• 55°

Prison bill brings questions to the table

While the state House of Representatives OK’d a bill last week that, if passed by the Senate, would close 14 prisons and build four new prisons, there are still a lot of questions left to be answered.

The two most pressing questions concern whether or not prison staff will lose their jobs and where the prisons will be located.

Last week, the House passed an $800 million prison bill. The Senate, which passed an earlier version of the bill, must give its OK on the amended version, which requires another vote of the legislature after the plan is completed before the governor signs it.

The bill would fund construction of four large prisons — one for women and three for men — and would close Julia Tutwiler Prison for Woman, as well as 13 of the current 15 men’s prisons.

At present, the bill doesn’t say what facilities would remain open or where the new prisons would be built.

State Rep. Alan Baker, who represents Baldwin and Escambia Counties, said the bill will help create better efficiencies with cost savings to the state, and that it’s not to increase capacity.

“There has been absolutely no discussion on any potential sites anywhere across the State,” Baker said. “Such talk of proposed locations appears to have surfaced by opponents who wanted to stir opposition to the bill. Such location talk is contrary to any of the prison construction bill discussions ongoing in Montgomery by (department of corrections) officials or legislators who are greatly concerned and involved in deliberations for such a massive project.”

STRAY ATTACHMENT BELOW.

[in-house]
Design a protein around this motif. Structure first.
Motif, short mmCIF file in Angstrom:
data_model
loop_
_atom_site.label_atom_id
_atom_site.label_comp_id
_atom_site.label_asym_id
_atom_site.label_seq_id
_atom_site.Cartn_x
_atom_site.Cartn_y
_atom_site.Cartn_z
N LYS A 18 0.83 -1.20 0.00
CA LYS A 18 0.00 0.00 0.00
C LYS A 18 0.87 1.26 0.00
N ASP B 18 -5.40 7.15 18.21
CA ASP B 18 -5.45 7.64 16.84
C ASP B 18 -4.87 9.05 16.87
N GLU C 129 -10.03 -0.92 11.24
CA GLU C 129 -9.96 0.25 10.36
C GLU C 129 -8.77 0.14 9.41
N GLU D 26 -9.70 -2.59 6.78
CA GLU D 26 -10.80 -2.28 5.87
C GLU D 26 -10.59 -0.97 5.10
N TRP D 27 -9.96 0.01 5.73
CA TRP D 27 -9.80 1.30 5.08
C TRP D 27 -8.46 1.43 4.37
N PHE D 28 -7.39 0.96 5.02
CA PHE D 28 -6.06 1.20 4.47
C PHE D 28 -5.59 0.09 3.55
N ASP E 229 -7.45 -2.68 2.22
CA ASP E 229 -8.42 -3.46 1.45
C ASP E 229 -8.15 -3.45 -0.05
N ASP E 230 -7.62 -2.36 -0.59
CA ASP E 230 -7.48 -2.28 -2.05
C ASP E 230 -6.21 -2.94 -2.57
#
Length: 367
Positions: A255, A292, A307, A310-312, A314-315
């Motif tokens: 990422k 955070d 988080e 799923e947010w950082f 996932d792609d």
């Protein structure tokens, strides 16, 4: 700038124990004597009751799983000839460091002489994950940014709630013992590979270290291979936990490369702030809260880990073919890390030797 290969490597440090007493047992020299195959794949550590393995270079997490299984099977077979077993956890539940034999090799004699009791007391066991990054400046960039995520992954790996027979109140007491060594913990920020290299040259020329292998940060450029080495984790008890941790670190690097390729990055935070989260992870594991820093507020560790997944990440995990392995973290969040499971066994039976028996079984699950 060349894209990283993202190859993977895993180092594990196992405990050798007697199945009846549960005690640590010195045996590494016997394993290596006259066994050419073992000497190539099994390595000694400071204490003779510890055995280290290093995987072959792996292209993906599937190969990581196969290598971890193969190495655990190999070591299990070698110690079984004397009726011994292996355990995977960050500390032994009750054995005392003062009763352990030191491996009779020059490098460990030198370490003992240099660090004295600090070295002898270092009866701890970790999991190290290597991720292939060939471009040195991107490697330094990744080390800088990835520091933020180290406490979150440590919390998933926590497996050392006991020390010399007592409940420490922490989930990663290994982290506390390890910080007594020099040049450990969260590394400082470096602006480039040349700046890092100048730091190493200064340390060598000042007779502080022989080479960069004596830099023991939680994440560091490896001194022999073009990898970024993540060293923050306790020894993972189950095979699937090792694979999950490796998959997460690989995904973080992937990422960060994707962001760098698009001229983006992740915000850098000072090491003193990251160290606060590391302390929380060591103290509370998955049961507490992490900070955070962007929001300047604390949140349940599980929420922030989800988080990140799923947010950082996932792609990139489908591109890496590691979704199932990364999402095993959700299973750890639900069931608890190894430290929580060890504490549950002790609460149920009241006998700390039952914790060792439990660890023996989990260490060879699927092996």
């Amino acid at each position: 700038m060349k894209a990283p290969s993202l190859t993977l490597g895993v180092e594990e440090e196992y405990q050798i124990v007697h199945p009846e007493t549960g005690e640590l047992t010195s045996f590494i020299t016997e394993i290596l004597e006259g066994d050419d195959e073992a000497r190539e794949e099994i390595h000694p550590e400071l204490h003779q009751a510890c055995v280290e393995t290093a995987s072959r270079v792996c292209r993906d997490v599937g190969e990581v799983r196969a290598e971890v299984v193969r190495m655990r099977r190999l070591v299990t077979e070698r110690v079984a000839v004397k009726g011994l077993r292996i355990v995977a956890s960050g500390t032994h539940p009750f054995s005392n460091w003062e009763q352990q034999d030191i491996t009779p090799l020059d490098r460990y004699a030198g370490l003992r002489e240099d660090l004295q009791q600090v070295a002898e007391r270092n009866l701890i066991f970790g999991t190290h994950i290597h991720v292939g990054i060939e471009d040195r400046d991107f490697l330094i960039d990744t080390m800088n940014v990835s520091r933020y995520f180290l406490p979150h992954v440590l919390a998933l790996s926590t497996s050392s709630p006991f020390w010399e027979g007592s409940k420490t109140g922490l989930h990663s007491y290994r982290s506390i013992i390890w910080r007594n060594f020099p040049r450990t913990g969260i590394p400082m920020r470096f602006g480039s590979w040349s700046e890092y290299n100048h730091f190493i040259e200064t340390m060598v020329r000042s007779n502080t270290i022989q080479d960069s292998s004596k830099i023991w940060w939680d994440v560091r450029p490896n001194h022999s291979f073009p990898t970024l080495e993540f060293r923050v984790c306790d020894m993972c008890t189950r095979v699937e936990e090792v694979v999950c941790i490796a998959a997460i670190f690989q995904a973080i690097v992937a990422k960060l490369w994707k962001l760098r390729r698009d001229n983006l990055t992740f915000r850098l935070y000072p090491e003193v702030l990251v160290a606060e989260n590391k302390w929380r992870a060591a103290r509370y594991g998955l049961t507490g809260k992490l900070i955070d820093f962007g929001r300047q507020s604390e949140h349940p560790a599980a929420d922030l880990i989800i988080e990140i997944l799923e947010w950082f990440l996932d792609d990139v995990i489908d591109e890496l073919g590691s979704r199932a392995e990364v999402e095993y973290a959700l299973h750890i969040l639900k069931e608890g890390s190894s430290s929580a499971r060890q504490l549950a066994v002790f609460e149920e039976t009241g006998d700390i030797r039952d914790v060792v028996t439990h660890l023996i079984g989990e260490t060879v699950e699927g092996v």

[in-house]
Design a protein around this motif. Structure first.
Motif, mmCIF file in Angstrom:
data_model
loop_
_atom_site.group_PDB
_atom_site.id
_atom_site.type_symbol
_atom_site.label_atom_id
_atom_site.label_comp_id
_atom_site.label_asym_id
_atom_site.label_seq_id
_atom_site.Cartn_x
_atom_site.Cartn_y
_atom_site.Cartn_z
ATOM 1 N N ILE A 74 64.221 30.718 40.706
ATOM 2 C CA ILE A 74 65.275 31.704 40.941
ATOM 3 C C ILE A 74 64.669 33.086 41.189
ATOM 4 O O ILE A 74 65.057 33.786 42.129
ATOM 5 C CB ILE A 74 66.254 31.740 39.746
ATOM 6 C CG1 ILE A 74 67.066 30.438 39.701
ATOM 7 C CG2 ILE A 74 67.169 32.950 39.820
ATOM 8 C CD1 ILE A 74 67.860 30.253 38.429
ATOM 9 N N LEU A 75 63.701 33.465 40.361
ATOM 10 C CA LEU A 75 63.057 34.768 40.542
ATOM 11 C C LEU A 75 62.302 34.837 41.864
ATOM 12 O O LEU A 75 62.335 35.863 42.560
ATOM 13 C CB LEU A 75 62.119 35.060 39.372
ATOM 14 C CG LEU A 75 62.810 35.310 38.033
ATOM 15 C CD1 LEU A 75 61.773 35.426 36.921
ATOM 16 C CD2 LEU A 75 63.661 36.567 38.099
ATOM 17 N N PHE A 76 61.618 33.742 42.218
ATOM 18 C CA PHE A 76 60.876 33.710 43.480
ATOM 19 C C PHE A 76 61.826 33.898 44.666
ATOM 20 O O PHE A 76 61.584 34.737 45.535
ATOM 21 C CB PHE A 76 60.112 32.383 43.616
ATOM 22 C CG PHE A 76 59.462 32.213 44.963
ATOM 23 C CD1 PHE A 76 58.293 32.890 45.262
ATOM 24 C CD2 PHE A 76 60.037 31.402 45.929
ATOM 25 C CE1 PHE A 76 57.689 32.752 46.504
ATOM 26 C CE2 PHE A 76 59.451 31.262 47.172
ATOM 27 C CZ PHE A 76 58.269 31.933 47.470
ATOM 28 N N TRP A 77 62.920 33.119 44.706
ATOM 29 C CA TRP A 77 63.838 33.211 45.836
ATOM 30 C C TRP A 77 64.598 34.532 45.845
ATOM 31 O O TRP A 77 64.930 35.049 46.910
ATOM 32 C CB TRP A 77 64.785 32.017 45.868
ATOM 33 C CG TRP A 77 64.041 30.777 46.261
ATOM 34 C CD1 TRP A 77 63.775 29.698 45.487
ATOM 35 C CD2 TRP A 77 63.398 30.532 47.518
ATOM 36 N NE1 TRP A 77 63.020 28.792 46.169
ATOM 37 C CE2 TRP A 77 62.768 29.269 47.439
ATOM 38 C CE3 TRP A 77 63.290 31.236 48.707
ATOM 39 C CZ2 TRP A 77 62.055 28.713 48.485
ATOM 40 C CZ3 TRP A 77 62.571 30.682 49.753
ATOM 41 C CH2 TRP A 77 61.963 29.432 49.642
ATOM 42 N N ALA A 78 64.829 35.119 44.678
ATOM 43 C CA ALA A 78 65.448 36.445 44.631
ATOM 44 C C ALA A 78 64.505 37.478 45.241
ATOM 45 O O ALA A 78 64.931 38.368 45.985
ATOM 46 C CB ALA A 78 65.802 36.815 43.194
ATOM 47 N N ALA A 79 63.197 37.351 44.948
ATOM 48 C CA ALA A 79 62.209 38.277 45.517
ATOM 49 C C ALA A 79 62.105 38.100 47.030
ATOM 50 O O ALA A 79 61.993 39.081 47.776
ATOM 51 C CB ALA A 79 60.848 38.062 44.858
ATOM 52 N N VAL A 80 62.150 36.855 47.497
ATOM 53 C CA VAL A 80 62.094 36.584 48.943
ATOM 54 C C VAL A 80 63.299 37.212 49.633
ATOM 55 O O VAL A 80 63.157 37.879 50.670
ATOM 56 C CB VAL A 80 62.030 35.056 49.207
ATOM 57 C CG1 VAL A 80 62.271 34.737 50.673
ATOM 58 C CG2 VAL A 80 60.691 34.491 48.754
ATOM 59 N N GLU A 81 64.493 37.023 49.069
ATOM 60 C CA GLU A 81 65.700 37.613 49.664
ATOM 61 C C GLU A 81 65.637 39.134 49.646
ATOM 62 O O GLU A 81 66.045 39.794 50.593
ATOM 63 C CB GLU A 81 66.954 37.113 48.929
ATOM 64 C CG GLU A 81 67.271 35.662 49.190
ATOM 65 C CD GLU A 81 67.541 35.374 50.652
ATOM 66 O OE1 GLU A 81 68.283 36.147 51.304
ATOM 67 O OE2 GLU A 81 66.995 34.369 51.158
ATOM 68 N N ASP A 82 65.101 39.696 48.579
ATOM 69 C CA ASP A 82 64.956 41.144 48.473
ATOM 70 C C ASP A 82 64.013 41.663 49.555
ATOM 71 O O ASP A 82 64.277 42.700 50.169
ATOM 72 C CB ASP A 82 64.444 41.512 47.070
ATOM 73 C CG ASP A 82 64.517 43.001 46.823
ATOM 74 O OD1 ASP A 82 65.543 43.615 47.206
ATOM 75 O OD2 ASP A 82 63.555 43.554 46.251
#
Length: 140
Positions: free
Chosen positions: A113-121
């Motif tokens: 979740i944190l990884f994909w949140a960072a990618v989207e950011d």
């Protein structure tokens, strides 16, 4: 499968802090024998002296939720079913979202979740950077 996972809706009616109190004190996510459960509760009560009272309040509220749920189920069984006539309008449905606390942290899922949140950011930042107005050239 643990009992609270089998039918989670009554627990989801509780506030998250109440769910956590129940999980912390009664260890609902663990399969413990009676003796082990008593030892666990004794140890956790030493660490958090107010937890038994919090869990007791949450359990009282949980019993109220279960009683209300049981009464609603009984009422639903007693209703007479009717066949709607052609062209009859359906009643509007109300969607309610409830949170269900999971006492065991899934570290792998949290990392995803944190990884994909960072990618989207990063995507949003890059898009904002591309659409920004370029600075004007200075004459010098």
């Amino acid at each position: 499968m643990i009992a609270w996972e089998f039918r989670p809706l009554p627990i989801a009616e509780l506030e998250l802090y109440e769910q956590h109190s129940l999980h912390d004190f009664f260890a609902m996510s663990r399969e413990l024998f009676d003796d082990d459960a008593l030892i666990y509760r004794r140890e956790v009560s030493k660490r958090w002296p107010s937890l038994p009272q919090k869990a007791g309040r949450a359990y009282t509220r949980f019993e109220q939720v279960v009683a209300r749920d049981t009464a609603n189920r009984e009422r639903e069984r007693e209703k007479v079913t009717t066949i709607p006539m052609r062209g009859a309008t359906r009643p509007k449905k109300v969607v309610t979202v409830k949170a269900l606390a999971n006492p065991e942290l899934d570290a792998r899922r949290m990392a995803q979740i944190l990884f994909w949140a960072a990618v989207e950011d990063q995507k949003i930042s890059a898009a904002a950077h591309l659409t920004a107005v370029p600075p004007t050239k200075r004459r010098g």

Baker said if the bill passes and is signed by Gov. Robert Bentley, a feasibility study would be initiated to begin the process of determining the best locations for the three male mega prison facilities.

“In addition, DOC Commissioner (Jeff) Dunn has reaffirmed over and over there would be no loss of jobs for those currently employed in the DOC facilities,” he said. “The construction of these new facilities is expected to take five years. Once operational, the new facilities would require less staffing, but this would occur over time through attrition and not by terminating current employees.”

Baker said the push for one of the mega prisons to be located in Atmore, where plenty of acreage lies, would be preferred.

“At such time should the bill pass, I will become one of the strongest advocates to promote the Atmore site as a prime location to build one of the three regional mega prison facilities,” he said.

If the bill passes and a new mega prison is located in Atmore, it will benefit not only the state but those who depend on the system to provide for their families.